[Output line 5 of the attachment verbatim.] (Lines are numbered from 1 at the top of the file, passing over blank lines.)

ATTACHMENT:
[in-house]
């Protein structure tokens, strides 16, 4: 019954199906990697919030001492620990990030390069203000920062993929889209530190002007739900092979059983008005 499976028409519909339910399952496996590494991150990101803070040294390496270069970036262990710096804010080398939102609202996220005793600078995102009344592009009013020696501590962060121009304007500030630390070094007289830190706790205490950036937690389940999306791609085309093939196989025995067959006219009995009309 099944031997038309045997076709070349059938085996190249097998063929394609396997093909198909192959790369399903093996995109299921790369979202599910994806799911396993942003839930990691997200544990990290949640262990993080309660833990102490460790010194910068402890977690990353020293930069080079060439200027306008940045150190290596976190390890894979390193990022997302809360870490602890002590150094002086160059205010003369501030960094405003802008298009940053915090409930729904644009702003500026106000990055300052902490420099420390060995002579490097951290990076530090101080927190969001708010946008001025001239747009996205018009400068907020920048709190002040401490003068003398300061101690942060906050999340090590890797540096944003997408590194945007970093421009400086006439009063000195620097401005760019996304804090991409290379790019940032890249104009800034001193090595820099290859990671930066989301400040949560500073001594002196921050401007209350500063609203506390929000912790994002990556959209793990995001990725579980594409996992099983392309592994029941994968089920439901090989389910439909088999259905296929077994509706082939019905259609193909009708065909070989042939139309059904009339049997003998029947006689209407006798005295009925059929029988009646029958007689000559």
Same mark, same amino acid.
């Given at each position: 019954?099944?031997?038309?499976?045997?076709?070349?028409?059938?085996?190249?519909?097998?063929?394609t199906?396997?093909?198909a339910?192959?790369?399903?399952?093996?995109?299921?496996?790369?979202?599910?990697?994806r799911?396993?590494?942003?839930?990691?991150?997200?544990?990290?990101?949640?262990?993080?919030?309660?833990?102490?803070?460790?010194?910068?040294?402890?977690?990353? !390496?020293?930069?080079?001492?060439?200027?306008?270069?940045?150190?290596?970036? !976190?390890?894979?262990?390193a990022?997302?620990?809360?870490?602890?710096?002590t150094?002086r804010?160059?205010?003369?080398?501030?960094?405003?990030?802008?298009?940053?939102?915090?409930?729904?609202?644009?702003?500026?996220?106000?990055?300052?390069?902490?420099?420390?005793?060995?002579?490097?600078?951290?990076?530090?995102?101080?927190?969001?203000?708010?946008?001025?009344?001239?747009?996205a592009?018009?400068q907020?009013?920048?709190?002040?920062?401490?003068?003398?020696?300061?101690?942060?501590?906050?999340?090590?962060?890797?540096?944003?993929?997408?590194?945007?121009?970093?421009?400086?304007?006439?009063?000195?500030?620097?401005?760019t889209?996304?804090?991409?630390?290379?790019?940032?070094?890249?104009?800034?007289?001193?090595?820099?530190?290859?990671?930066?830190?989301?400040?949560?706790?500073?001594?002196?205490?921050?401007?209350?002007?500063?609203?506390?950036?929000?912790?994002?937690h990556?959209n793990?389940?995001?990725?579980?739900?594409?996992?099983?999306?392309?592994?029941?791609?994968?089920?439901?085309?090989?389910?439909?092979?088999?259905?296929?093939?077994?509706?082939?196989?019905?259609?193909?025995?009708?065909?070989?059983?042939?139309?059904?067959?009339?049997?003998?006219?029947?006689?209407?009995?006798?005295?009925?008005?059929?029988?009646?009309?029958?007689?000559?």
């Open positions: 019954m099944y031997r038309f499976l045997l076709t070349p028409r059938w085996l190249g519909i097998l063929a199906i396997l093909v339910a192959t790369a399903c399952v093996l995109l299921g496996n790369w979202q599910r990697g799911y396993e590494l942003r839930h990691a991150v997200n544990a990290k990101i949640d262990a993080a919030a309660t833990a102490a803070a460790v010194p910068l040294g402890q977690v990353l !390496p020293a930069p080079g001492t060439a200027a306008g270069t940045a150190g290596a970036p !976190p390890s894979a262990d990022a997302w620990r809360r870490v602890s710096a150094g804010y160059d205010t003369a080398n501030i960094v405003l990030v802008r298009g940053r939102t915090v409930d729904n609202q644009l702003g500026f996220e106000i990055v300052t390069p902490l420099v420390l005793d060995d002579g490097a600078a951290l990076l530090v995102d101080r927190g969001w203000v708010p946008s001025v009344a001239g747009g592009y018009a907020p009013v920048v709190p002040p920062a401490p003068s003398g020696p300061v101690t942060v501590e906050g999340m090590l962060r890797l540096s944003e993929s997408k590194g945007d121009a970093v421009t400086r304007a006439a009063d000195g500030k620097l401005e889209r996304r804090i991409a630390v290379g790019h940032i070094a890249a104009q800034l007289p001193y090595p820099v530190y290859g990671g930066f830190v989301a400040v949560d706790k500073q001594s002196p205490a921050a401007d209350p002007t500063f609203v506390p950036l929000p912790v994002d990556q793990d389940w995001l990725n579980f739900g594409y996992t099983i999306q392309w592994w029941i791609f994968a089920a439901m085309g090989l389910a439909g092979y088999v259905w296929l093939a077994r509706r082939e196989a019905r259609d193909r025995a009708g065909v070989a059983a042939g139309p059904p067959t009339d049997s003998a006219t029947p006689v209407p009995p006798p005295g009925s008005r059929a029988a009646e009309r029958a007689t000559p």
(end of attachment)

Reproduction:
């Open positions: 019954m099944y031997r038309f499976l045997l076709t070349p028409r059938w085996l190249g519909i097998l063929a199906i396997l093909v339910a192959t790369a399903c399952v093996l995109l299921g496996n790369w979202q599910r990697g799911y396993e590494l942003r839930h990691a991150v997200n544990a990290k990101i949640d262990a993080a919030a309660t833990a102490a803070a460790v010194p910068l040294g402890q977690v990353l !390496p020293a930069p080079g001492t060439a200027a306008g270069t940045a150190g290596a970036p !976190p390890s894979a262990d990022a997302w620990r809360r870490v602890s710096a150094g804010y160059d205010t003369a080398n501030i960094v405003l990030v802008r298009g940053r939102t915090v409930d729904n609202q644009l702003g500026f996220e106000i990055v300052t390069p902490l420099v420390l005793d060995d002579g490097a600078a951290l990076l530090v995102d101080r927190g969001w203000v708010p946008s001025v009344a001239g747009g592009y018009a907020p009013v920048v709190p002040p920062a401490p003068s003398g020696p300061v101690t942060v501590e906050g999340m090590l962060r890797l540096s944003e993929s997408k590194g945007d121009a970093v421009t400086r304007a006439a009063d000195g500030k620097l401005e889209r996304r804090i991409a630390v290379g790019h940032i070094a890249a104009q800034l007289p001193y090595p820099v530190y290859g990671g930066f830190v989301a400040v949560d706790k500073q001594s002196p205490a921050a401007d209350p002007t500063f609203v506390p950036l929000p912790v994002d990556q793990d389940w995001l990725n579980f739900g594409y996992t099983i999306q392309w592994w029941i791609f994968a089920a439901m085309g090989l389910a439909g092979y088999v259905w296929l093939a077994r509706r082939e196989a019905r259609d193909r025995a009708g065909v070989a059983a042939g139309p059904p067959t009339d049997s003998a006219t029947p006689v209407p009995p006798p005295g009925s008005r059929a029988a009646e009309r029958a007689t000559p």